So, let's start, again, my favourite Github projects (sometimes Ops-like) in no particular order.

1. cheat
cheat allows you to create and view interactive cheatsheets on the command-line.
https://github.com/chrisallenlane/cheat

Like man command, but you'll get small cheatsheet just with commands instead big man page. Still not sure is it good thing or not....

2. awesome-django
A curated list of awesome Django apps and projects.
https://github.com/rosarior/awesome-django

Another Awesome list, but for Django developers. Can be useful for Django Ops too.

For you, fellow Puppeteers:

3. r10k
Smarter Puppet deployment, powered by killer robots
https://github.com/adrienthebo/r10k

Relatively new tool for Puppet installations, useful if you using librarian and dynamic environments.

4. hiera-consul
Hiera backend plugin for Consul
https://github.com/lynxman/hiera-consul

If you have working Consul cluster you can get/set vualues there directly from Hiera.

Going to DevOps stuff:

5. terraform
Terraform is a tool for building, changing, and combining infrastructure safely and efficiently. http://www.terraform.io
https://github.com/hashicorp/terraform

"Infrastructure-as-code" tool - describe your infrastructure, deploy and control it on different providers. It's not Puppet replacement though - http://www.terraform.io/intro/vs/chef-puppet.html - it's just more high level tool.

6. infratester
Infrastructure Behavior Testing Framework http://infrataster.net
https://github.com/ryotarai/infrataster

Another "Infrastructure-as-code" tool - it tests infrastructure's behaviour from outside of servers:



7. devstep
Development environment builder powered by Docker and buildpacks
https://github.com/fgrehm/devstep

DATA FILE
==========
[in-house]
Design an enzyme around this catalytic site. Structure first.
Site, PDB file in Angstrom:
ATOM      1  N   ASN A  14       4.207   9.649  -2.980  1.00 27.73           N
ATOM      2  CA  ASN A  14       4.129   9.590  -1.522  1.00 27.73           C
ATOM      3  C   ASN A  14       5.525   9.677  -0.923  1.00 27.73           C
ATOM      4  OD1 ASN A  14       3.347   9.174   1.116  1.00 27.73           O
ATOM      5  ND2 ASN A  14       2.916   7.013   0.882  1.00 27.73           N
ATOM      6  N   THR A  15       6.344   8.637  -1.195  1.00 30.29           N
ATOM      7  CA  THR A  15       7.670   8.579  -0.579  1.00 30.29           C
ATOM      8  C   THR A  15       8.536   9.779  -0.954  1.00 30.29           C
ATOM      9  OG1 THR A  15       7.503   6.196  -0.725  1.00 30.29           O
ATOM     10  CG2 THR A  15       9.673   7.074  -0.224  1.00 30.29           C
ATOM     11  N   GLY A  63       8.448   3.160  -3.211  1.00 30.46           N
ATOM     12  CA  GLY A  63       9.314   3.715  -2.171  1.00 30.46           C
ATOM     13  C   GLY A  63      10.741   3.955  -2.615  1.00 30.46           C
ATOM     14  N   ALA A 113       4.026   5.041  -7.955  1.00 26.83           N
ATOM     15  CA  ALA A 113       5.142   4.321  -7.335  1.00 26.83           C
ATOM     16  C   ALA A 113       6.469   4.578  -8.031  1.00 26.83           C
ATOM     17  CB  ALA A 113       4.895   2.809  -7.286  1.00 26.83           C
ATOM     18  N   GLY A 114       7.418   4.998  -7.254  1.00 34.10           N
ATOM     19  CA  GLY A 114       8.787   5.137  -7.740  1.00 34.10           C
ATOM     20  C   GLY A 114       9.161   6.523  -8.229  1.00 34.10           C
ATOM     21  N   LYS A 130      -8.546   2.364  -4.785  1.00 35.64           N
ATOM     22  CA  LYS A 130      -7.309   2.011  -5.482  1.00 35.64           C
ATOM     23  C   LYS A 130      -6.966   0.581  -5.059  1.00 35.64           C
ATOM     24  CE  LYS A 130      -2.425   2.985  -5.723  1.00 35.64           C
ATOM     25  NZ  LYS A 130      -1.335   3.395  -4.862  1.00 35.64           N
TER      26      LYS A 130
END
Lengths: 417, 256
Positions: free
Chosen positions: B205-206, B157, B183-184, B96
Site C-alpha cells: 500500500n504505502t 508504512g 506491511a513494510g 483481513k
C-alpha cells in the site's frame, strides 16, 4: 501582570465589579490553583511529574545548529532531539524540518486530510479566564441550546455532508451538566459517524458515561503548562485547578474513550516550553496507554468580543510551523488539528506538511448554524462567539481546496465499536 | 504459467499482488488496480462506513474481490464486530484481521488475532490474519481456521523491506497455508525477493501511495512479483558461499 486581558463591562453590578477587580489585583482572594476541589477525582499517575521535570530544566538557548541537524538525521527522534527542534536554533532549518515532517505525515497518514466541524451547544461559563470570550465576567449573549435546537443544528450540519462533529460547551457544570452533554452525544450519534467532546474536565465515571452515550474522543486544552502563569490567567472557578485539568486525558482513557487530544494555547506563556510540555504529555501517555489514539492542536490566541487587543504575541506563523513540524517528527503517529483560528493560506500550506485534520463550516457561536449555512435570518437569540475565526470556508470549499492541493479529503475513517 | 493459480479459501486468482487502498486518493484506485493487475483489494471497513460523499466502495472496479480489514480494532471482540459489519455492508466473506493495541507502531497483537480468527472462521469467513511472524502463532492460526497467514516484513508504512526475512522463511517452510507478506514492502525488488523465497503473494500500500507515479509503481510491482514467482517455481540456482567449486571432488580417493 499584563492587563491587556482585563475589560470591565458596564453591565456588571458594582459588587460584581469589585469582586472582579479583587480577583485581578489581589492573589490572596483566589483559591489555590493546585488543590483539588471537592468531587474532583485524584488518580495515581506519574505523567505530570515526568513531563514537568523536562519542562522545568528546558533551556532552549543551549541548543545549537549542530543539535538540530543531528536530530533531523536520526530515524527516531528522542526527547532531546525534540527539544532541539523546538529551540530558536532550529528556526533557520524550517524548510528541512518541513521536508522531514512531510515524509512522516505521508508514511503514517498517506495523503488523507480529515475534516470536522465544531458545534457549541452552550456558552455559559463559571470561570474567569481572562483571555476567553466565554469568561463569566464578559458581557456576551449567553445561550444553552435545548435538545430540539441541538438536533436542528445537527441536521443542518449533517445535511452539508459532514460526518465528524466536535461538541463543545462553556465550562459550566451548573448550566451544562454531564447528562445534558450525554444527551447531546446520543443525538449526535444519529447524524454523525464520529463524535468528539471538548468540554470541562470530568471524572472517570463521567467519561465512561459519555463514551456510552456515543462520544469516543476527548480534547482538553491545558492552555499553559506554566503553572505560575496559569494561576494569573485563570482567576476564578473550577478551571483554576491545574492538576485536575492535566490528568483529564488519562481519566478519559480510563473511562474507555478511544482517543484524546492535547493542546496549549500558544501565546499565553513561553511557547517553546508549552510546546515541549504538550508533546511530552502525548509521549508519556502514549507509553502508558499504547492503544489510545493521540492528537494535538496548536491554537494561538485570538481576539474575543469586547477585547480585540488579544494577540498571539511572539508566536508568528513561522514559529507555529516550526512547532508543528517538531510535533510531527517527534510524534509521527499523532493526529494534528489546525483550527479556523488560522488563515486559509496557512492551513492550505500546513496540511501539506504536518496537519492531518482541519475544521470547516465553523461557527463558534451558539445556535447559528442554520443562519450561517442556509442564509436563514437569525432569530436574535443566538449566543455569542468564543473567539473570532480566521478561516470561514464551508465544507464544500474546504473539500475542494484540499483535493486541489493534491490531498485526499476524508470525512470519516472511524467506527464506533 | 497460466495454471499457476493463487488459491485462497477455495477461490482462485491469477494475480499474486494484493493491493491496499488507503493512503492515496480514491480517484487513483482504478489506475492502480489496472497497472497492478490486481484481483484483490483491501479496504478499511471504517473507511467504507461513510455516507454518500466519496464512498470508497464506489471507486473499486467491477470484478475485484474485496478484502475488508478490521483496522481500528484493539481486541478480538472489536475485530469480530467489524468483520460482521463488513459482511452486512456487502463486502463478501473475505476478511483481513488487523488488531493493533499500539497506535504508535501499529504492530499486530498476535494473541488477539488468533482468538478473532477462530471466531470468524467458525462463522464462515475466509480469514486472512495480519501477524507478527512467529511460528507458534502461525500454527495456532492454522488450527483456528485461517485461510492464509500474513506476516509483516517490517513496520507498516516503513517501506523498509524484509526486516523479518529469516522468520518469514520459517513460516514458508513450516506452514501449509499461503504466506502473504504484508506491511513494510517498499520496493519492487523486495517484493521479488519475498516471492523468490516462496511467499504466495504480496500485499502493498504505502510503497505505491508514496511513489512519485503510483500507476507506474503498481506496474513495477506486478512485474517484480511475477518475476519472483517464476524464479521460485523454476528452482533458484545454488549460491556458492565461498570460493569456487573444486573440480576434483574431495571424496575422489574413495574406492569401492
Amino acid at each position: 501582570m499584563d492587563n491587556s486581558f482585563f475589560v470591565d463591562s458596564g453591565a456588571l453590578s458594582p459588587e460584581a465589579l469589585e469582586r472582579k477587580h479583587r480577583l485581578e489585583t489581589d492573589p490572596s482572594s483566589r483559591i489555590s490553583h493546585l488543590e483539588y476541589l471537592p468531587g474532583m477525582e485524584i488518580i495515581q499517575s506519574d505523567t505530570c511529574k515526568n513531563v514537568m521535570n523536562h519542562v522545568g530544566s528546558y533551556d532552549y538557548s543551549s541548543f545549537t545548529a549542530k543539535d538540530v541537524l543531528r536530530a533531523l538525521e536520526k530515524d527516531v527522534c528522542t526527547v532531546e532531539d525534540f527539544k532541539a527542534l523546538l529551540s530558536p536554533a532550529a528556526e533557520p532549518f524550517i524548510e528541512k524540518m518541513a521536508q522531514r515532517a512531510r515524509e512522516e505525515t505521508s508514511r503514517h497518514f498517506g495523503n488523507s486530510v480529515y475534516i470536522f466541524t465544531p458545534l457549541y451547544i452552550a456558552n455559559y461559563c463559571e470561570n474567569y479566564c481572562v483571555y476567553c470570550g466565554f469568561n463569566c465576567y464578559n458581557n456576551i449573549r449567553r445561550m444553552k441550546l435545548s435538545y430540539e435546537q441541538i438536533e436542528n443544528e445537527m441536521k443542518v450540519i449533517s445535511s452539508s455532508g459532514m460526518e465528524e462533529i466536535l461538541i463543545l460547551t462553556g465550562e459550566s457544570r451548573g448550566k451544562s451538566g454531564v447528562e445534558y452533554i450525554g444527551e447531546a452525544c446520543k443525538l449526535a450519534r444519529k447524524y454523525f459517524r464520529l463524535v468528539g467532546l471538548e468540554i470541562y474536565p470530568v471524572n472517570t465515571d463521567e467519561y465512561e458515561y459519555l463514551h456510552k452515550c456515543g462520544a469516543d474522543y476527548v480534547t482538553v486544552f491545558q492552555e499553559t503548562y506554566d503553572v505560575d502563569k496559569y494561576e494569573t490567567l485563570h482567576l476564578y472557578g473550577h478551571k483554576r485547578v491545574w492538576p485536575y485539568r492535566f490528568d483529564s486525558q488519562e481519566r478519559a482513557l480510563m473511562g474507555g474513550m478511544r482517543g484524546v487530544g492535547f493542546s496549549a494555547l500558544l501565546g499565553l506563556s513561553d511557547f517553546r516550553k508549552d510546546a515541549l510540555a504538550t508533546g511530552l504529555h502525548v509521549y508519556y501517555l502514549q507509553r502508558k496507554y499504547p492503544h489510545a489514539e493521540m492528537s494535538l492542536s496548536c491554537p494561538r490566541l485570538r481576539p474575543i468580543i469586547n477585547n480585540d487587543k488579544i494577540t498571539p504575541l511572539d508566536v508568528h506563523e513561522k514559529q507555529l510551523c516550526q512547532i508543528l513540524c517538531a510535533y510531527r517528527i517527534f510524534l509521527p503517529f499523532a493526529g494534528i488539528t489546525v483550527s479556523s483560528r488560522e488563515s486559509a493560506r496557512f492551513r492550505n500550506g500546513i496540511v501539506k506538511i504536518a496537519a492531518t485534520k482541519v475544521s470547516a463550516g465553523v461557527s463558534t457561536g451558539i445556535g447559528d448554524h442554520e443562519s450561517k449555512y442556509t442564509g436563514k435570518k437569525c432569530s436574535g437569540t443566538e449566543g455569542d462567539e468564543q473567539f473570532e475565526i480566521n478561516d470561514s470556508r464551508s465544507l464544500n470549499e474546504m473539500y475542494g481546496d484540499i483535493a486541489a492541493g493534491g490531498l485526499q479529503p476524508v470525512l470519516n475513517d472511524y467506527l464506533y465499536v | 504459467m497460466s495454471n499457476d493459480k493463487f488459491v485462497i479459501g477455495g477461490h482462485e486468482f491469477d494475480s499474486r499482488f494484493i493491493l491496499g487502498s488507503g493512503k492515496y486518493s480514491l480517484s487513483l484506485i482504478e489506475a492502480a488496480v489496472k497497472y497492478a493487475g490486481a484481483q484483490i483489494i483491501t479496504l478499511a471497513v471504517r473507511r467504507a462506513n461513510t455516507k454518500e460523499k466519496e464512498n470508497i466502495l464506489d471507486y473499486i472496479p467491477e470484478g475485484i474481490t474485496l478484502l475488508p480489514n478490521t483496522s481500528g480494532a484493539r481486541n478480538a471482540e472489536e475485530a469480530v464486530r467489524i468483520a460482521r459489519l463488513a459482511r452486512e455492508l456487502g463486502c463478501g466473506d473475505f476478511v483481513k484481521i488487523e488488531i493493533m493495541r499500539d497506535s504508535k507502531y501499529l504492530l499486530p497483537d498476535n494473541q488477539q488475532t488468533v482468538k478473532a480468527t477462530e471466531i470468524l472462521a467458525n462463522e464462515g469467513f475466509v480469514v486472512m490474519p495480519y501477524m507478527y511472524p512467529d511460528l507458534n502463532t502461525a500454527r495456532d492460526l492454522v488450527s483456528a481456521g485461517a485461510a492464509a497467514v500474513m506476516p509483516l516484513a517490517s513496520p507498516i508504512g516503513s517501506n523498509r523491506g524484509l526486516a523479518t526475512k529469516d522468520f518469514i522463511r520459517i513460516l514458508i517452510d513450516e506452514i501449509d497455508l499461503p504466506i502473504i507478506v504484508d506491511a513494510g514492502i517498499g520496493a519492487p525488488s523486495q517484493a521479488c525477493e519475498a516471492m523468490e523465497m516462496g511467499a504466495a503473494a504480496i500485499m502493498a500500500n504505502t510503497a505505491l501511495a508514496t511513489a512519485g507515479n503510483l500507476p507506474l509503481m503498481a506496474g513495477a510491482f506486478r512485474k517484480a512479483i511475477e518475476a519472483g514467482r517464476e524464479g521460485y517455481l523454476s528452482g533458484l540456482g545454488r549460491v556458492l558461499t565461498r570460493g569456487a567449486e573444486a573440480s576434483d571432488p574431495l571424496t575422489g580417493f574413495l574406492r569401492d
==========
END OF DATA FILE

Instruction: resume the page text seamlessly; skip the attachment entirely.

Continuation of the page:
A dead simple, no frills development environment builder that is based around a simple goal:
"I want to git clone and run a single command to hack on any software project."
For more information please check http://fgrehm.viewdocs.io/devstep

8. libcloud-vagrant
Apache Libcloud compute provider for local Vagrant boxes
https://github.com/carletes/libcloud-vagrant

"libcloud-vagrant is a compute provider for Apache Libcloud which uses Vagrant to create VirtualBox nodes. With libcloud-vagrant installed, you could prototype a small cluster on your laptop, for instance, and then deploy it later on to Amazon, Rackspace, or any of the other clouds supported by Libcloud."

Rest of things:

9. seL4
seL4 microkernel
https://github.com/seL4/seL4

Freshly opensourced L4-based microkernel, which has formal verification proof. Not really practical thing, but interesting - check its FAQ if curious.

10. snapzend
zfs send/receive backup system http://www.znapzend.org
https://github.com/oetiker/znapzend/

Cool new backup system specifically for ZFS!

11. pghero
Database insights made easy
https://github.com/ankane/pghero
Personally I didn't work with more-less loaded instance of PostgreSQL for quite long time. But if you do - please check it out - it's nice web dashboard for pg:


Today's fun section is quite big:

12. cool-old-term
A good looking terminal emulator which mimics the old cathode display
https://github.com/Swordifish90/cool-old-term 

Looks cool - but not sure is it OK for work:




13. ld-preload-sounds
Generates raw WAV output by hooking malloc() and read().
https://github.com/gordol/ld_preload-sounds

You can now hear how your compilation sounds like!

14. conway
A real-time, persistent, multiplayer version of Conway's Game of Life
https://github.com/drewblaisdell/conway

You can roll out your own server and play with friends or play with strangers right now on http://lifecompetes.com


Small disclaimer: I'm just big fan of Github and since we have so many sources of information around I pick Github as source of information for my digest of interesting open-source projects. And because I'm Ops/Sysadmin person - I choose projects which somewhat ops-related, but not necessary. I'm not GitHub employee and this digest is not connected with GitHub in any way.